Saturday, April 16, 2011

'A's triple play: 3 radio stations in one year,' Ben Fong-Torres

4/15/11, Ben Fong-Torres: "The Oakland A's, who've done(slightly) better on the diamond than with their radio affiliations, have landed on KBWF("The Wolf," at 95.7).
How'd they wind up on an FM country station? It was as if they'd run from home plate to second base, then first, then home. First, they were on KTRB (860 AM), a station that had struggled from the get-go, and suffers from spotty reception, but which negotiated a deal with the A's before going belly-up last year. With the station in receivership, sportscasters Ron Barr and Ken Dito kept its sports format on the air while the A's made moves to purchase the station. But after airing most of their spring training games on KTRB, the A's suddenly disappeared, then resurfaced on, of all places, KFRC, now on 1550AM with a syndicated oldies package.

The ironic thing was that the A's had been on KFRC when it occupied 106.9 FM a couple of years ago, and the Oaktown games didn't help the station with its imaging as a San Francisco classic hits music station. Owner CBS Radio then dropped the oldies and simulcast all-news KCBS (680) on 106.9, while the A's moved on to KTRB.

But after the Bay Bridge Series of exhibition games with the Giants, the A's announced a new affiliation, with "The Wolf." It's a four-year deal, and it kicked off just in time for the season opener.

Ken Pries, the A's VP of broadcasting, said that the team had signed a letter of intent to purchase KTRB, but that the club pulled out after receiving a demand from KTRB's receiver, Comerica Bank, to sign a new broadcasting rights deal (the A's said they already had one in place for this season). Pries then connected with KBWF.

"The A's deserve a terrific radio signal to be on," said Dwight Walker, VP and market manager for Entercom/SF. Weak reception "has diminished their exposure in the past." He said "The Wolf" and baseball broadcasts are a good fit. "Baseball is the national pastime, and there's no better place to put that than with America's original music form, country."

Before the A's finalized their deal with KBWF, they needed a local station to air the Giants series and called on KFRC. "They needed the favor and we were happy to do it," said Doug Harvill, Senior VP/market manager at CBS Radio.

KTRB is carrying on with a barebones staff and, now, without the A's and Dito's "Press Box," which ended Friday. "We're still programming the station," said Barr, whose syndicated Sports Byline stable of talk shows fills many hours each day. "The station's still in play. The A's could still buy it. Maybe Entercom (which also owns KUFX, "KFOX," which carries San Jose Sharks games) buys KTRB and puts the Sharks and the A's on it."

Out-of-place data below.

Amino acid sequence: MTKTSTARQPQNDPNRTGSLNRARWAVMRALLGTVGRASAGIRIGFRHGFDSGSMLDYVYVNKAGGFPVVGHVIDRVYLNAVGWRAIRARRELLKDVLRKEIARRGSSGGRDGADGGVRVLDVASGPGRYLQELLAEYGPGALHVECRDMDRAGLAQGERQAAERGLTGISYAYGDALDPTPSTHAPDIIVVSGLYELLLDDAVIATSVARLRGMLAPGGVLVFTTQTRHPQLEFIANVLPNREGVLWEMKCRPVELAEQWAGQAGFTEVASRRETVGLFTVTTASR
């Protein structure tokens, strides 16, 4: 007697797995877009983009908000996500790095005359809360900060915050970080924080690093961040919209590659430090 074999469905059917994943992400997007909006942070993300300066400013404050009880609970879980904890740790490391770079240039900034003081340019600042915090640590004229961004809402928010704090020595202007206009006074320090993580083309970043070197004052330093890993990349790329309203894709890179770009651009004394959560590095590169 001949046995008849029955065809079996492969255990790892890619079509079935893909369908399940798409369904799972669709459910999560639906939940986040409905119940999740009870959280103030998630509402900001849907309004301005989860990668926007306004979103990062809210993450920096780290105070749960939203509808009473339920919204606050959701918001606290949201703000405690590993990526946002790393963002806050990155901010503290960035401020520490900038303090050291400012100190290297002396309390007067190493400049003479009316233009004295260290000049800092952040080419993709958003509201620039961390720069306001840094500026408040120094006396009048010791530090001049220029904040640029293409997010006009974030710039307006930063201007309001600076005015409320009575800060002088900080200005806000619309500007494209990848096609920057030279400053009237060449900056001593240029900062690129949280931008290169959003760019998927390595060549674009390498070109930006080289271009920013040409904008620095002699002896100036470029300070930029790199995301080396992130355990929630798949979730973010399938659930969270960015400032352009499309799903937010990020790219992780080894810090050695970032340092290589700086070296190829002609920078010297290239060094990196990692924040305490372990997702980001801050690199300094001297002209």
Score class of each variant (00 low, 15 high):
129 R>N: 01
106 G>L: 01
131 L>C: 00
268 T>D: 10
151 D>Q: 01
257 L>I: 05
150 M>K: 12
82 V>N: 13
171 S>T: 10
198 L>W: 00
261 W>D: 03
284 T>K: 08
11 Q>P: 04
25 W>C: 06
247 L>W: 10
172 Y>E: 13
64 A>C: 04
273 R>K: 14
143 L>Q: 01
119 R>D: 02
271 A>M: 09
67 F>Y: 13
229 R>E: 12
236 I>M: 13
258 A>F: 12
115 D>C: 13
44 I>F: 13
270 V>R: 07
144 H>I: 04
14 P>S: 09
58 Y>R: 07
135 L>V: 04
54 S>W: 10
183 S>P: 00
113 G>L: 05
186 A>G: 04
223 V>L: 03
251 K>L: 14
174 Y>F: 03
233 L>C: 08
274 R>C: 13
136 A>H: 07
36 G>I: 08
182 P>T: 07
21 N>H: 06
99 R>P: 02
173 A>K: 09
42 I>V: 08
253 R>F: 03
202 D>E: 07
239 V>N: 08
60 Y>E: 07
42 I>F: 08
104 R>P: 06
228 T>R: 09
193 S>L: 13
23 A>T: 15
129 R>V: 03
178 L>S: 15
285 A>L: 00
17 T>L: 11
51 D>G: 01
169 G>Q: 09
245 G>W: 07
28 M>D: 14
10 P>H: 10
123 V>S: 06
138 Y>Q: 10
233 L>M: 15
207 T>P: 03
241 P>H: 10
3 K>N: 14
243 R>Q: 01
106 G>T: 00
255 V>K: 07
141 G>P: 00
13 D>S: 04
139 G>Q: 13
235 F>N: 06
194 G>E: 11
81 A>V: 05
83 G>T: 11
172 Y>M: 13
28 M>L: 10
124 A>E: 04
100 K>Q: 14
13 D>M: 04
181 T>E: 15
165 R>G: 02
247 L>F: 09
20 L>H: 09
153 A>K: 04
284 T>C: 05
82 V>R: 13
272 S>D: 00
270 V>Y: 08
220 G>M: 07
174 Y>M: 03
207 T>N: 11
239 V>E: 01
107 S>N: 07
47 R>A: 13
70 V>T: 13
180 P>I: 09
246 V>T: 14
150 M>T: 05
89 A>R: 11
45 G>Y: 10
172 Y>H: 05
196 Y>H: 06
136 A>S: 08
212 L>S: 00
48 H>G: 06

Anything is possible, given the A's radio history, which includes 14 changes of flagship stations since their arrival from Kansas City in 1968. And those 14 don't include their first 16 games in April 1978 on the UC Berkeley station, KALX (90.7). The A's owner, Charlie Finley, wanted to move his club to Denver, and broke ties with KNBR. Until he changed his mind, his games were on a college station. The deal was made by the Cal student who also served as play-by-play announcer and sports director of KALX: a poli sci major, Larry Baer. I believe he's still involved in baseball somewhere.

  • ---------------------------------------

Good sports: The Broadcast Legends' most recent luncheon featured "Sports Legends," and I was drafted to moderate a panel with Jon Miller, Barry Tompkins and Ron Barr. It was a blast....

Miller said that, before sports, "I wanted to be Walter Cronkite, the anchorman for CBS News." Instead, studying radio at the College of San Mateo under radio instructor Dan Odum, he announced classical music before turning to sports. Now, he's in the broadcast wing of the Baseball Hall of Fame....

Miller spoke about his departure from ESPN's Sunday night broadcasts after 21 years. For several years, he said, he'd been resisting the intrusions into baseball telecasts of excessive graphics and prepackaged material. "The people in charge," he said, "would prepare all this stuff, and the telecast was all about getting this stuff in." Miller argued that in a tied game in the eighth inning, with an exciting matchup at the plate, there was no need to go to a story a staffer had produced. "I probably should have retired from it before they showed me the door," he said.

Tompkins nodded in sympathy. "We have producers in our ear constantly, yelling, 'Graphic! Graphic!' and it's usually something that has nothing to do with what's going on. It's graphic and sponsor driven. But radio is the medium where someone like Jon makes the pictures. That's what makes great announcers great announcers."

Said Miller: "The thing I learned from Lon Simmons, early on, was, when the game is great, give them the game. Try not to get in the way."

After the panel, Miller told me one reason he turned down ESPN's offer to have him do its Sunday night radio broadcasts. He would have to go to the same games as, and do the prep work alongside the people who had replaced him in the TV booth. It would've been ... awk-ward! Besides, as he told the Broadcast Legends audience,

  • "I'm haven't seen my wife in 21 years.""

4/15/11, "A's triple play: 3 radio stations in one year," Ben Fong-Torres, San Francisco Chronicle, Radio Waves. via RadioDailyNews

"Ron Barr (left), Barry Tompkins and Jon Miller take part in a "Sports Legends" luncheon last month in Berkeley." photo R. Mohr, from SF Chronicle. A's station switches to all sports via BTF

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